In Hope Salmonson’s Independent Summer Research Grant (ISRG) project, (Trans)Gendering the Musical Score: Exploring Transgender Identity Through Composition, she “explored the link between the meaning of a piece of music and the identities of the composer, performers and audience. Through a mix of reading, listening, self-reflection and dialogue with loved ones, [she] navigated the ways in which we are all connected by the music we compose, perform and listen to, and how our perceptions of each other affect the way we understand the music.” This already seems like a lofty project to tackle in one summer, but that’s not all! Hope’s research culminated in and inspired a large-scale composition, titled Et tibi miserere: semi-sacred cantata for high and low voices, two solo singers, clarinet/bass clarinet, horn, and piano.
“This work stemmed from a broader desire to divest from restrictive conceptions of what new music can look like, in favour of conceptualizing a rich musical landscape that amplifies, rather than assimilates, underrepresented voices,” Hope explained. “My research ultimately served the goal of exploring music as a tool for self-representation by the composer, performer and listener, and harnessing that representation to initiate conversations within conservatory and professional music environments.” Hope is a queer, trans composer, so their research began when they started contemplating a question they were often asked, “if my music itself is transgender.” Hope thinks: “this understanding of [her] music is based entirely on how people view [them]. Treating that tokenistic question as a starting point, [they] started to examine the way that our bodies and identities influence the way we construct meaning in music (as composers, performers and listeners). That’s what really helped [her] research take off.”
The biggest challenge Hope faced this summer was the sheer scope of her project, as “this is a complex topic that has the potential to become far larger than anyone could approach in a single summer.” They ultimately limited their focus to live (in-person) performances of music written by living composers. “I could have examined performances of works by deceased composers, recordings of music that we listen to on our devices, or even the way all of this relates to the virtual performances that have grown in popularity during this pandemic,” said Hope, “these and more are all avenues I could go down as a continuation of my research in the future, but at first glance it was an overwhelmingly large subject.”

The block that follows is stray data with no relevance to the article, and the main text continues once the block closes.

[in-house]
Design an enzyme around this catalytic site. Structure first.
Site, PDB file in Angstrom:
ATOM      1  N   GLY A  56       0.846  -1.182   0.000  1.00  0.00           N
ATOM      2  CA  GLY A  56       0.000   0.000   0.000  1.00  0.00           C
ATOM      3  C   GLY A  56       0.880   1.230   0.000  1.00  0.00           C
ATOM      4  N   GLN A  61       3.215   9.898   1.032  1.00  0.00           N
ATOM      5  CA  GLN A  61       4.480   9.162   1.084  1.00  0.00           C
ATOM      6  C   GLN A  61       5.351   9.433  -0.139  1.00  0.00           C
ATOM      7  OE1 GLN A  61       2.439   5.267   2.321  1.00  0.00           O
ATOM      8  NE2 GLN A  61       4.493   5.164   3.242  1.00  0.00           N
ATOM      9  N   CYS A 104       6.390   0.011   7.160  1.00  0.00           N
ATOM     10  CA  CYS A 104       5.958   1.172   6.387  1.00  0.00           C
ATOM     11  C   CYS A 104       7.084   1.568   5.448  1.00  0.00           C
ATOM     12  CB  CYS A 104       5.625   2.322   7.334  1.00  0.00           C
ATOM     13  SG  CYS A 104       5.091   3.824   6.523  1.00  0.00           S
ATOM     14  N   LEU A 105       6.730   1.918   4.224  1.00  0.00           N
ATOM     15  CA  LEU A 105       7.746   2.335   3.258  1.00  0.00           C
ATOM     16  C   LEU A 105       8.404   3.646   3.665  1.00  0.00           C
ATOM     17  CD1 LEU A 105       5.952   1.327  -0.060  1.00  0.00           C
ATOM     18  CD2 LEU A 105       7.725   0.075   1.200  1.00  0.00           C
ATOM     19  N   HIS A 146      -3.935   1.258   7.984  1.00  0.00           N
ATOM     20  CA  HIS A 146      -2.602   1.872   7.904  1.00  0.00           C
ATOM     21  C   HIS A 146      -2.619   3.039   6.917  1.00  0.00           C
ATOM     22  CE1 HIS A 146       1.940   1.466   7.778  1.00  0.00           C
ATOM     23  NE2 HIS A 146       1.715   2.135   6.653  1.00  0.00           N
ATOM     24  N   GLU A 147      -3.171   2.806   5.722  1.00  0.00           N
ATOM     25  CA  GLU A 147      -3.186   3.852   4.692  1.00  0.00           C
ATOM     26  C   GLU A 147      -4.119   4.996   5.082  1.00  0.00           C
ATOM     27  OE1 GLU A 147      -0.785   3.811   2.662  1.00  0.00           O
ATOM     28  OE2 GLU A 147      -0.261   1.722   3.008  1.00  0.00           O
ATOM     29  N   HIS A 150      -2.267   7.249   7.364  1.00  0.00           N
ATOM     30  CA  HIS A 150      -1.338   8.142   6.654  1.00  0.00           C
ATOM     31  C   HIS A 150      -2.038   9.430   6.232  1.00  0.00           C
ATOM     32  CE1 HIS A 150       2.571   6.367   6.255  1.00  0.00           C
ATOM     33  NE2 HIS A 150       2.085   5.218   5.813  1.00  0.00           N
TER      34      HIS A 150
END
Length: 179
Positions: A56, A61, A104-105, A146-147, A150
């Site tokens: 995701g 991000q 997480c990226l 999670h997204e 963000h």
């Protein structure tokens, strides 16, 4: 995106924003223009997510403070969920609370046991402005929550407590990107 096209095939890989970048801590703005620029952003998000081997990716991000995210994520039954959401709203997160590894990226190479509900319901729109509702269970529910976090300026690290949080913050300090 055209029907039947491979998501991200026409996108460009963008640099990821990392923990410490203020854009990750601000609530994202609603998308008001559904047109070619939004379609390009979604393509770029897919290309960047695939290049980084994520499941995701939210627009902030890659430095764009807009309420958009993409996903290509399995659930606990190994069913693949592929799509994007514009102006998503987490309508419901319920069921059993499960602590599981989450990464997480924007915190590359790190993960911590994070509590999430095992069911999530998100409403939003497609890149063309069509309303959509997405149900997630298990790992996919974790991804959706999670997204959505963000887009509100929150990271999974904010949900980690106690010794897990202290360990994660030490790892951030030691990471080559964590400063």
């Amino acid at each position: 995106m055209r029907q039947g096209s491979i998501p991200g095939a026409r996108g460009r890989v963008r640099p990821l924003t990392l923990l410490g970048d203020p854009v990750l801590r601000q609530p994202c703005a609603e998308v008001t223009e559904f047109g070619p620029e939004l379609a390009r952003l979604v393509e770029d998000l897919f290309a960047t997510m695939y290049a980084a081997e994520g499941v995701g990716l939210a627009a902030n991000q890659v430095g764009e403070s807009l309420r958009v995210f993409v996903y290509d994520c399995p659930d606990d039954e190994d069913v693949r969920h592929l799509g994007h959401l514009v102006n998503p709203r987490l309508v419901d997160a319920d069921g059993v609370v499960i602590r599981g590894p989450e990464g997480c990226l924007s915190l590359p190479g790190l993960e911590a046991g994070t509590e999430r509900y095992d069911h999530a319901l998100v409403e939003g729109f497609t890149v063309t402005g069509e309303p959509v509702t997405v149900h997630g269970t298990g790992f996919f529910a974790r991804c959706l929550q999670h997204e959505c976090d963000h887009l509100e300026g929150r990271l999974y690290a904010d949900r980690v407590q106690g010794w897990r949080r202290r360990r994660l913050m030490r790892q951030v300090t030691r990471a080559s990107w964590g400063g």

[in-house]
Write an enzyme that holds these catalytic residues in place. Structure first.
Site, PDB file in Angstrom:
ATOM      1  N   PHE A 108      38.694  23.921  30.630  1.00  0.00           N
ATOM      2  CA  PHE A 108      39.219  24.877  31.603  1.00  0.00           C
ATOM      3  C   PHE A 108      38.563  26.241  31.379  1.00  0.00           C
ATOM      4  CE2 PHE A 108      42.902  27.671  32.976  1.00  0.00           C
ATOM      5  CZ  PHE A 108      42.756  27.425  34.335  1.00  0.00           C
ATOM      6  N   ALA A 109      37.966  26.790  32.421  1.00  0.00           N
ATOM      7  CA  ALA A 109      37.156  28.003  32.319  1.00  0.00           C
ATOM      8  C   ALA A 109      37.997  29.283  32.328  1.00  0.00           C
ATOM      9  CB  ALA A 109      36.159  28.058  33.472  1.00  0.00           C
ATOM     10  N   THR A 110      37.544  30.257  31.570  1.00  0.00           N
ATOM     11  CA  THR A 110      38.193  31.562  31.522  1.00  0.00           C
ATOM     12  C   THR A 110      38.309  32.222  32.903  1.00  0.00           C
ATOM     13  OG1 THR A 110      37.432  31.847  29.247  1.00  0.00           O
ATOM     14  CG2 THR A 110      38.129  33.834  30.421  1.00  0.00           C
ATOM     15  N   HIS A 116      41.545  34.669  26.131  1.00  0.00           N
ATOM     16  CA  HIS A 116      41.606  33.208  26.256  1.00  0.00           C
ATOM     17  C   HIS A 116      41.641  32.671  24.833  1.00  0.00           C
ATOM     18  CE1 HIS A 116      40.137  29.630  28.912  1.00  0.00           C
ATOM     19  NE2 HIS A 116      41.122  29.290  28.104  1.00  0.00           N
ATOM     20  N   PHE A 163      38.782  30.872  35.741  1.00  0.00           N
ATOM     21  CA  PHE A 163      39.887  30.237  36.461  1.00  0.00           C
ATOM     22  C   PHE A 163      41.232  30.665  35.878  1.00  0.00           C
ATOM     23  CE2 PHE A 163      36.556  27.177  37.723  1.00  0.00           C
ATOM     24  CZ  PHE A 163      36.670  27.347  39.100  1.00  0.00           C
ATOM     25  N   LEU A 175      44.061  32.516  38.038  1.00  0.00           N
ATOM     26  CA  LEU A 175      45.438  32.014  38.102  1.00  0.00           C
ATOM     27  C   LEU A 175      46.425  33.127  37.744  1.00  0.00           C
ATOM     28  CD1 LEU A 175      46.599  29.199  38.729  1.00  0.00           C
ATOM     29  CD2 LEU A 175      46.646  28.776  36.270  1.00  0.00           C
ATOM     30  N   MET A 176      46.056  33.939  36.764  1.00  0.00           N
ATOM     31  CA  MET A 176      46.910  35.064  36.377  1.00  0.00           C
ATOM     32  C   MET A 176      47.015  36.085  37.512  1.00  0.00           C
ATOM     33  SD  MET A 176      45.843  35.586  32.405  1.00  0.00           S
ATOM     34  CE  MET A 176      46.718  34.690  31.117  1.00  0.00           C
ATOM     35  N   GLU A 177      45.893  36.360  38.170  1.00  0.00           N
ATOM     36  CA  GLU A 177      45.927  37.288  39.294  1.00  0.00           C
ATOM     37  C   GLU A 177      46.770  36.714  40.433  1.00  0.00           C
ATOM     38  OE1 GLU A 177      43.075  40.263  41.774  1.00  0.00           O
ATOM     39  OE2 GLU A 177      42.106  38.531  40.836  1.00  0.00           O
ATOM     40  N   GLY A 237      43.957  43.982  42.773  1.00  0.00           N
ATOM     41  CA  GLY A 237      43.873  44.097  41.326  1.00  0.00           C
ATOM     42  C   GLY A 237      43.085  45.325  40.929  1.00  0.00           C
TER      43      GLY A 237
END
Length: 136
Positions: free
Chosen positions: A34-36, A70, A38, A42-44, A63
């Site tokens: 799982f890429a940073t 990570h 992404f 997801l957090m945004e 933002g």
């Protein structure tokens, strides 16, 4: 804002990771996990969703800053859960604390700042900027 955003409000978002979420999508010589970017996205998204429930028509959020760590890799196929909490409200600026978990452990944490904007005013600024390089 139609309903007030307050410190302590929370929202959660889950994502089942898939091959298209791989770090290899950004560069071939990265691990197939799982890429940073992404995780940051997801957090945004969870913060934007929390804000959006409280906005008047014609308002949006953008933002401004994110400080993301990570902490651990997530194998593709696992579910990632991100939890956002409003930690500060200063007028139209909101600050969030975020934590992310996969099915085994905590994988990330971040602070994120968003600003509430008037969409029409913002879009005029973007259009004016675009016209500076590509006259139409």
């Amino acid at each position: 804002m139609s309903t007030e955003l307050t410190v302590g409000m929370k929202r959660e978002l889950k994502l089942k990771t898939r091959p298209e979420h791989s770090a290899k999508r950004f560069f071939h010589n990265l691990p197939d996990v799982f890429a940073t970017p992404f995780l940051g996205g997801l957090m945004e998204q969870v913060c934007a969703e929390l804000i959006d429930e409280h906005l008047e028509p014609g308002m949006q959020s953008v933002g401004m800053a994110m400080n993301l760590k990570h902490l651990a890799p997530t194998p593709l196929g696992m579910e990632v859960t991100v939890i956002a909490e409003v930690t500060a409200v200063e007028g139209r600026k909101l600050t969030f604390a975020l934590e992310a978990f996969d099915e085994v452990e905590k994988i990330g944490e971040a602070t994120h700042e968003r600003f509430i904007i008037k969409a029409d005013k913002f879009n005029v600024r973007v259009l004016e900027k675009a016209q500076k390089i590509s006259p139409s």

After months of reading, writing and composing, the final product was well worth the effort. Hope is definitely most proud of the composition that emerged from her research. Hope told me: “I was inspired by the ideas of music, identity and community that I had found, and so I decided to write a piece of music that represented my love and need for those around me. I engage with themes of queerness, love, death, and religion to construct an idea of community that was unique to me, but the piece could certainly be interpreted differently by others, based on their own understandings of togetherness. It feels really rewarding to present such a personal expression through music, in a way that invites other people to express themselves as well.”
Hope and fellow music student Emma Cameron presented their ISRG projects to the Mount Allison Music Department this past Monday, and Hope’s piece Et tibi miserere will be premiered in Brunton Auditorium later this term. “I’m just hopeful that this research initiates dialogues within our academic, conservatory, and professional music environments,” Hope concluded. “I’m nowhere near the first person to talk about these ideas, and I certainly won’t be the last—the work is out there, waiting to be done. Already since my research talk I’ve engaged in meaningful conversation with so many people who were able to relate the topic back to their own experiences or areas of expertise. That only proves that this work is worth doing, and we can all contribute.” Hope’s research is pivotal to the constantly evolving discussions around music and identity, and if their previous compositions are anything to go off of, their piece Et tibi miserere is sure to blow everyone away.